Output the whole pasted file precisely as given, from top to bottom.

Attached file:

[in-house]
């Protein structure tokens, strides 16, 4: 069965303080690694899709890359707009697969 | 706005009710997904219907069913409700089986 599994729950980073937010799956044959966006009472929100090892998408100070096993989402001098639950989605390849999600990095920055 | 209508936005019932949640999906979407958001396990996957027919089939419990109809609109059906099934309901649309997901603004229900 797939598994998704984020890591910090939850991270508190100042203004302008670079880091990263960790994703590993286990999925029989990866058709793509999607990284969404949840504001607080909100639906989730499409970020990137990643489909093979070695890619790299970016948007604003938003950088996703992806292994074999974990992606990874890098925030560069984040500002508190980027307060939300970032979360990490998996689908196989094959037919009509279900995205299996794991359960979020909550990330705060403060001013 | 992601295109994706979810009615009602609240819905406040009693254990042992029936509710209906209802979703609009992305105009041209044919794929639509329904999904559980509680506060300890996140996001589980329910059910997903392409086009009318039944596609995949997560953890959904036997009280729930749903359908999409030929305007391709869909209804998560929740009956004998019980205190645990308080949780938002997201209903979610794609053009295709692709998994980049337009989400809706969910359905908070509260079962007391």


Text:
[in-house]
């Protein structure tokens, strides 16, 4: 069965303080690694899709890359707009697969 | 706005009710997904219907069913409700089986 599994729950980073937010799956044959966006009472929100090892998408100070096993989402001098639950989605390849999600990095920055 | 209508936005019932949640999906979407958001396990996957027919089939419990109809609109059906099934309901649309997901603004229900 797939598994998704984020890591910090939850991270508190100042203004302008670079880091990263960790994703590993286990999925029989990866058709793509999607990284969404949840504001607080909100639906989730499409970020990137990643489909093979070695890619790299970016948007604003938003950088996703992806292994074999974990992606990874890098925030560069984040500002508190980027307060939300970032979360990490998996689908196989094959037919009509279900995205299996794991359960979020909550990330705060403060001013 | 992601295109994706979810009615009602609240819905406040009693254990042992029936509710209906209802979703609009992305105009041209044919794929639509329904999904559980509680506060300890996140996001589980329910059910997903392409086009009318039944596609995949997560953890959904036997009280729930749903359908999409030929305007391709869909209804998560929740009956004998019980205190645990308080949780938002997201209903979610794609053009295709692709998994980049337009989400809706969910359905908070509260079962007391």